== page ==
Yesterday I talked about the pre-lunch part of the Drink Local Wine conference. Today I’ll fill you in on the final panel and the twitter taste off.
The third and final panel discussion of the day was, theoretically, about why those who promote eating locally are less concerned with drinking locally. Dave McIntyre served as moderator, and the panelists were Todd Kilman, from Washingtonian Magazine (no photos allowed to protect his identity), Andrew Stover, sommelier and local wine distributor (for non-VA wines), and Mary Watson-DeLauder, sommelier (now in charge of all Benchmark Properties). This panel felt unfocused and didn’t really grab my attention, so my notes here are weaker than for the other panels.
Local wine is just not in most restaurants. The general consensus was, however, that mid-level restaurants are the places to target to get local wine on the wine list since they are more willing to take a risk and try something new while traditional, formal, dining establishments are more about an exclusive experience and traditional wines. Mary suggested that wineries learn the menus at restaurants and walk in with specific recommendations for wines that would go well with the food that restaurant serves. It was also suggested that chefs and sommeliers be invited to visit a number of VA wineries to taste their wines and learn about the diversity of options available (even if Andrew didn’t seem to realize that VA wine country extends far beyond Loudoun County). The discussion then degenerated into a bashing of the 3 tier distribution system, which I’m hard pressed to believe anyone in the room supports.
I do think people should drink local, and I’m clearly able to do it in VA. I do not, however, often order wine in restaurants because I hate paying a 200% (or more) markup, as is often the case (forget asking for the local wine list – I don’t even ask for a wine list). I think a lot of local wine lovers are in the same boat. Many of us are younger and on tighter budgets. Many of us also know exactly how little we can buy that bottle for at the winery down the street (since we do so regularly) and are loathe to pay a much higher price in a restaurant when we likely have a bottle waiting for us on our shelves at home.
Regardless, I didn’t get a lot out of this panel and felt that it didn’t really have a clear focus or message in the same way the others did.
The final event of the day was the twitter taste off. Participating wineries were asked to bring two wines: 1 white (or rose) and 1 red. There were 27 participating wineries: 21 from VA and 6 from MD. It was fun, although the room was too hot (which really hurt the way the reds were able to show), and there was not nearly enough time to actually taste, think about the wine, tweet, and cast votes. In the end, we opted to do fast tasting with little reflection and no tweeting until it was all over.
My favorites were the ’09 viognier from Veritas and the ’02 merlot reserve from Breaux (with Veritas getting my vote for overall winner). Grape Envy Guy’s favorites were the ’09 viognier from Veritas and the ’05 Norton Locksley Reserve from Chrysalis (with the norton getting his vote for overall winner- what else). Other wines that I was thinking about after the tasting ended were the ’09 rosé from Boxwood (color me surprised), the ’07 meritage from Jefferson, the ’06 estate reserve from Lovingston, and the ’07 (?) meritage from Pollak. There were other nice wines as well, but good notes weren’t in the cards, so this is what you get.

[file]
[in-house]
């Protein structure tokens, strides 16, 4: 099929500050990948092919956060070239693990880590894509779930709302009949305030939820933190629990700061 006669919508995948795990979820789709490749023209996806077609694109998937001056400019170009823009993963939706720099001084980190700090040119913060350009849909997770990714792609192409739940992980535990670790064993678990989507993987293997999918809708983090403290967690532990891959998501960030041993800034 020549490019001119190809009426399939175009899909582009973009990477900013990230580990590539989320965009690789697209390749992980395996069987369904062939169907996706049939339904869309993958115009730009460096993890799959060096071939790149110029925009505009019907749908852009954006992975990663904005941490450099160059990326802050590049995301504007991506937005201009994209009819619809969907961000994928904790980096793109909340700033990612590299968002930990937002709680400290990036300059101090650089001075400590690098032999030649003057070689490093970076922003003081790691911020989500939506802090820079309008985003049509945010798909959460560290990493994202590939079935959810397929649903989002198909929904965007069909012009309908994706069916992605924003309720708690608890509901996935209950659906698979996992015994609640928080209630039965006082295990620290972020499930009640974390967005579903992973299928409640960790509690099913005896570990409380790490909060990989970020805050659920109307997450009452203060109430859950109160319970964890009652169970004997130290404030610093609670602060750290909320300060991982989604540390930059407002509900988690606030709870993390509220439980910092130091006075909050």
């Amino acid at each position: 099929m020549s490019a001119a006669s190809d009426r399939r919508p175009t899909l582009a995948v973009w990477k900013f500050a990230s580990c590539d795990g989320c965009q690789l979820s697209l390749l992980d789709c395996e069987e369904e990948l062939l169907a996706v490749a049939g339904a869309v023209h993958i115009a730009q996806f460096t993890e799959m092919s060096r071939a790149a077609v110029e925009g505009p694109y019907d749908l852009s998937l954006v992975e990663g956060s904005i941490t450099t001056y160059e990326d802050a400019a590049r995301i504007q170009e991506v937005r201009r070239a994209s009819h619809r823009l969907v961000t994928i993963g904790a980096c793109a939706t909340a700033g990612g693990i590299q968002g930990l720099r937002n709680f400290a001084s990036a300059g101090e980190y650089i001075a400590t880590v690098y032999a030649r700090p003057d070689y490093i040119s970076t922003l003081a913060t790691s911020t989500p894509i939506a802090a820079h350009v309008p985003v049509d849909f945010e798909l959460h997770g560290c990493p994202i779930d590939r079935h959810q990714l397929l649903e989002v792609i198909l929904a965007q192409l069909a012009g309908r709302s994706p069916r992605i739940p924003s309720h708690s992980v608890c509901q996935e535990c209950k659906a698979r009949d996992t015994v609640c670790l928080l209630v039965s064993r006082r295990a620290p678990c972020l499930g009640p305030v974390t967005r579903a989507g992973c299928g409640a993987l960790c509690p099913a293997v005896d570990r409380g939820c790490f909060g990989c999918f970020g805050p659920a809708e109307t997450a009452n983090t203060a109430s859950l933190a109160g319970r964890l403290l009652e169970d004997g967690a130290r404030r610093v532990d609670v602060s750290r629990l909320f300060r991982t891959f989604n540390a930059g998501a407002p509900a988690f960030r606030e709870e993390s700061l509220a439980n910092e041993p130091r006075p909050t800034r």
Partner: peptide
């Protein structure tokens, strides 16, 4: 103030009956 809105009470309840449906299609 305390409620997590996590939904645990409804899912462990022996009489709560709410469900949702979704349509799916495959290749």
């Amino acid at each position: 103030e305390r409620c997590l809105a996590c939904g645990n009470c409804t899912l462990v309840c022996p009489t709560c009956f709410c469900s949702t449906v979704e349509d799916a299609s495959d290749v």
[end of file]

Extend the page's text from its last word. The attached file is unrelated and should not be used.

The actual winners were the Breaux merlot for red, the Chrysalis albariño for white, the Michael Shaps viognier for public favorite (non-media types), and the Breaux Merlot for the media favorite.
I was, however, excited to try the MD wines that made the trip down since we’d never had any. I don’t think the MD wineries are quite where the VA wineries are, but a few did draw my notice. Black Ankle Vineyards and Serpent Ridge Vineyard both showed well. I also found it cool that Serpent Ridge is using zorks as their closure. I do have to say that I wonder why anyone would want to make a sparkling wine from vidal blanc… We’re not forsaking VA for MD anytime soon, but it’s good to know that more than one state was represented at this drink local celebration.
At the end of the day, I’m glad we decided to go. I wish it had cost less, and I wish this audience hadn’t been almost entirely people who already care a great deal about MD and VA wine (preach to the choir much). I wish there had been more outreach to the typical consumer of wine. I also wish it hadn’t had such a cliquish feel. We didn’t make the cool kids cut to get invited to receptions and dinners. While that would have been nice, I don’t really care. I do, think, however, that those events should not have been so prominently displayed in the program viewable online (that’s what email is for people), and announcements about how those in the exclusive dinner group would get wine on the bus while driving to dinner should not have been made in the room where everyone was doing the tasting. Conferences have kinks, and I hope that the DLW folks will get the kinks better worked out for next year.
Hands down, however, the best part of this was meeting other bloggers face to face (and even a few winery folks who’ve now figured out who we are). It was a wonderful, and too rare, experience to spend a day in the company of so many people who are so passionate about local wine.
The More Thinking About (and Drinking) VA Wine by Swirl, Sip, Snark, unless otherwise expressly stated, is licensed under a Creative Commons Attribution-Noncommercial-No Derivative Works 3.0 United States License.